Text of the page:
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Early May of this year my wife and I went with Pat Cook's group, Beyond the Photo with HDR, to Mystic Seaport in Mystic, CT. It was a great event with so many photo opportunities. Since the seaport is considered a living museum there were plenty of things to do and places to visit.

Along the waterfront there are a variety of shops visitors can explore. Many of them with a knowledgeable tradesman who will give you a little history lesson or demonstration of the crafts and trades from the late 1800's. I was so enthralled by many of these demonstrations that I spent more time listening to these folks rather than take pictures.

In particular there was the cooper's barn. A cooper is a tradesman who builds and maintains wooden barrels and casks. On this particular day there was a gentleman by the name of Sam giving a demonstration to a group of eager kids. It was fun watching eight and ten year old kids banging away at the metal bandings of a barrel under Sam's supervision.

As I was watching I had set up my camera on a tripod off to one side of the workshop hoping to get some nice shots of all the barrels and tools on display. Did I mention that the seaport is very accommodating to photographers? So long as you do not sell them commercially, that is. Strict rules on that, but that's a different story.


As I was waiting for the crowd to diminish I noticed how the light coming into the workshop fell on Sam leaving the background about a stop darker. I couldn't ask for a better situation. I turned my camera on Sam, composed the scene, set my values and waited. Once the room was relatively free of visitors I asked Sam if I could please take a photo of him holding his tools in front of the barrels. He politely complied. I took one exposure, seen here on the left.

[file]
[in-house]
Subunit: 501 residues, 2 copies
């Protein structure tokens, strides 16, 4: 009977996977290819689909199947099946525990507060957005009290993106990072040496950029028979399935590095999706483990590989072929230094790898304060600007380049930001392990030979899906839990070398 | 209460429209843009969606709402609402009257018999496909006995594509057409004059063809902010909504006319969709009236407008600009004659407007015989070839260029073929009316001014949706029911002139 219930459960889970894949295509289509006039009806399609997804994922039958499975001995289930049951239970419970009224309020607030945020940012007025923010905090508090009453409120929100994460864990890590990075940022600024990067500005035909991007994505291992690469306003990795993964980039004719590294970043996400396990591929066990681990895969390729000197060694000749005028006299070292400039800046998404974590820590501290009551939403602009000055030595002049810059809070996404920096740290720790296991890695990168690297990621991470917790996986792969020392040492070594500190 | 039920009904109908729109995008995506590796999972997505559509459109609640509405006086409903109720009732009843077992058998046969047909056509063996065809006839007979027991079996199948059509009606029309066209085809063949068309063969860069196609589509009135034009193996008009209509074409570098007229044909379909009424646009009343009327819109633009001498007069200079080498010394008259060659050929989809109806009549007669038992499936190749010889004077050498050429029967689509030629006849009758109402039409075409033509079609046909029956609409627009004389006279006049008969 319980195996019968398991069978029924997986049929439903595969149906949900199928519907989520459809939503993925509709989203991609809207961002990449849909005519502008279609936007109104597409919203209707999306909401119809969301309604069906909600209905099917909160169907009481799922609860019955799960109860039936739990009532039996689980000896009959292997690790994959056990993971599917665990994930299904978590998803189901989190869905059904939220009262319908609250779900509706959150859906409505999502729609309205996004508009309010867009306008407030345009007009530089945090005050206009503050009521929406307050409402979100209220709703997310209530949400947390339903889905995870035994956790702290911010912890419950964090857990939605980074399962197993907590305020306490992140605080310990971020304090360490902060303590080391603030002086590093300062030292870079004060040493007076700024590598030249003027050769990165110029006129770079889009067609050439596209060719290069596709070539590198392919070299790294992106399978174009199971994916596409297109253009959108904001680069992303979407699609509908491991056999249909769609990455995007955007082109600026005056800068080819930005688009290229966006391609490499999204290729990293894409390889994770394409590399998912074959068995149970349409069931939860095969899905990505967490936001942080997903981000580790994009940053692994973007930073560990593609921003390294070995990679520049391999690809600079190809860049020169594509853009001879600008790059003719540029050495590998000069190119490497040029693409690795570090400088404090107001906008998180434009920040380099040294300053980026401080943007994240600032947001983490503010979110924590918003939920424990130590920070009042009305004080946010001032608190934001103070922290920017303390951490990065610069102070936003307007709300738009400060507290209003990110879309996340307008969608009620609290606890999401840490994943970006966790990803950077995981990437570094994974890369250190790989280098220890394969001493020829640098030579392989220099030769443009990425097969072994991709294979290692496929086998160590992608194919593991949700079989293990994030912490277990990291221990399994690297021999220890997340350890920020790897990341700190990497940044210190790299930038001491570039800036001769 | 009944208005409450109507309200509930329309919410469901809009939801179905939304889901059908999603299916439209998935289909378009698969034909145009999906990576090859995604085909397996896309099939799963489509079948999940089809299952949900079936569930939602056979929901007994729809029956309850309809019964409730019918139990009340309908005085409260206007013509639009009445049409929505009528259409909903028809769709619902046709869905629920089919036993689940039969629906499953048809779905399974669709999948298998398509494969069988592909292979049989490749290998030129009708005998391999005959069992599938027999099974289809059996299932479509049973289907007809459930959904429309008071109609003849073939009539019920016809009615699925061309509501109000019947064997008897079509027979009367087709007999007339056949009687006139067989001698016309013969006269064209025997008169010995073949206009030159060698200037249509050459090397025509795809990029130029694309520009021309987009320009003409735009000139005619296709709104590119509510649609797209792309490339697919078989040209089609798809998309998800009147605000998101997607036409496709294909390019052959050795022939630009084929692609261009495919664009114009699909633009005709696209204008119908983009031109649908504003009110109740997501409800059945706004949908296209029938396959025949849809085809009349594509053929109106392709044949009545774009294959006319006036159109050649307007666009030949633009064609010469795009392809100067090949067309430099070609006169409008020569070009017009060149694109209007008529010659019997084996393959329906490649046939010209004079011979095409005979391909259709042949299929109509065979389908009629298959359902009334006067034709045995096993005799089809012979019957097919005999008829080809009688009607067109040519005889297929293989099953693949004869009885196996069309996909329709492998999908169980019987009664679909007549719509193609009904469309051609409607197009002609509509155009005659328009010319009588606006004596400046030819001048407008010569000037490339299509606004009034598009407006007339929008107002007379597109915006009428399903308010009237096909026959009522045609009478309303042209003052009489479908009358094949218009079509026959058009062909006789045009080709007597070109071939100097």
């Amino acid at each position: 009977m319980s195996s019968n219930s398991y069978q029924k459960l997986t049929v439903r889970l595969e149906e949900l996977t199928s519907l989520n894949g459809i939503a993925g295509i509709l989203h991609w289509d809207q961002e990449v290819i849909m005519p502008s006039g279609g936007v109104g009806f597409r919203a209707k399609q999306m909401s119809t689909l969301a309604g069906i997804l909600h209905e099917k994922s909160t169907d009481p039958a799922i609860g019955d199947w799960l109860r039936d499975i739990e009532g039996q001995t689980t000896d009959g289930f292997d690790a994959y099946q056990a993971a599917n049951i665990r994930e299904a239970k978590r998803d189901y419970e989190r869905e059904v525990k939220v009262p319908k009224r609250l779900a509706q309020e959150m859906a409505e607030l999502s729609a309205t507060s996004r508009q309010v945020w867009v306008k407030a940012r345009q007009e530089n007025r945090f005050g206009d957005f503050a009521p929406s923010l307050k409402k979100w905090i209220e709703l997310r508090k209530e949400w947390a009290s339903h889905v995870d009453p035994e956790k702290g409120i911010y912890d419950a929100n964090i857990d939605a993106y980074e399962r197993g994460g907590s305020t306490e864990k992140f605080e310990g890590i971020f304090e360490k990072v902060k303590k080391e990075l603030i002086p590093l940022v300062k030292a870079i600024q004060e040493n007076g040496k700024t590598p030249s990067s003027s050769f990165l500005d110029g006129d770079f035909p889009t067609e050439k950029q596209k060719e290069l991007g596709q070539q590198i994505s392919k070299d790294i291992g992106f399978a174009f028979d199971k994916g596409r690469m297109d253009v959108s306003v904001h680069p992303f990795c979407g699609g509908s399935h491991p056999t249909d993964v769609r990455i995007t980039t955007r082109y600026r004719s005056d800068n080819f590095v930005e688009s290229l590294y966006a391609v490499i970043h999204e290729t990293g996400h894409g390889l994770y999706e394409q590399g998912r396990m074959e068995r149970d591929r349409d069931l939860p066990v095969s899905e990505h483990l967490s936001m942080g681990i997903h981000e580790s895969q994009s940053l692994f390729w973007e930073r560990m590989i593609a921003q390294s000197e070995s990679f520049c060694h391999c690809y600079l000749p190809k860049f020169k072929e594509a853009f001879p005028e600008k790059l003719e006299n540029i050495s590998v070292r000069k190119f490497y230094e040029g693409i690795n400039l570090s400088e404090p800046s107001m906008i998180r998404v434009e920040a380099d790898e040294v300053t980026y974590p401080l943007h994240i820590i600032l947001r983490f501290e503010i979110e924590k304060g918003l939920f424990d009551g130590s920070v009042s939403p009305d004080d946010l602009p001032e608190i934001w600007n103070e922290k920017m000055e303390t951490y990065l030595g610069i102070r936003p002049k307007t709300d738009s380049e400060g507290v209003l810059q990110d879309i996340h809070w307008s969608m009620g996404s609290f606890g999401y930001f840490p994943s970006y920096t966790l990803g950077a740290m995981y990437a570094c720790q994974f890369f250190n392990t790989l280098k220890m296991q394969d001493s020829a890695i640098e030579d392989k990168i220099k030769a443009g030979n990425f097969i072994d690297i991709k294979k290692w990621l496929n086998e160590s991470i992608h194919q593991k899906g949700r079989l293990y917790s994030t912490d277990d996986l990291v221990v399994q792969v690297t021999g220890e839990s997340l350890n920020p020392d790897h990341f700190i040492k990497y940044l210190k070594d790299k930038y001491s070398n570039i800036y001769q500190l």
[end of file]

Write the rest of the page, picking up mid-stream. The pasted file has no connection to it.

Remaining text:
I then asked him for his email address promising him a copy of the image. He apologized he didn't have an email but gave me his home address. A week later an 8x10 print was in the mail.

The card you see above is a warmly written thank you card from Sam and his wife thanking me for the "beautiful photo of my husband Sam." She goes on to say that, "our children and I love it and will treasure it. How nice of you to send it."

I took two shots of him that day, one to get my lighting and exposure and one of him posing. In all I spent less that ten minutes on this portrait (30 minutes if you count post work and printing.) However, the warm feeling it has given me knowing that something I spent so little time means so much to others is much more rewarding.

A photo is not worth anything if all it does is sit on your hard drive. When your share your images you share the love. Go out there and spread a little love.

Comments

  1. What a pleasant and and nice "reminder" article.
    We often forget in many of the complicated hours of our
    lives that the simplest acts can last a lifetime.

    ReplyDelete
  2. What you wrote here made me smile. You are so right, sharing our photographs should be part of the whole exercise, otherwise they just lay dormant forever.

    What a nice gesture you did for that man!

    ReplyDelete

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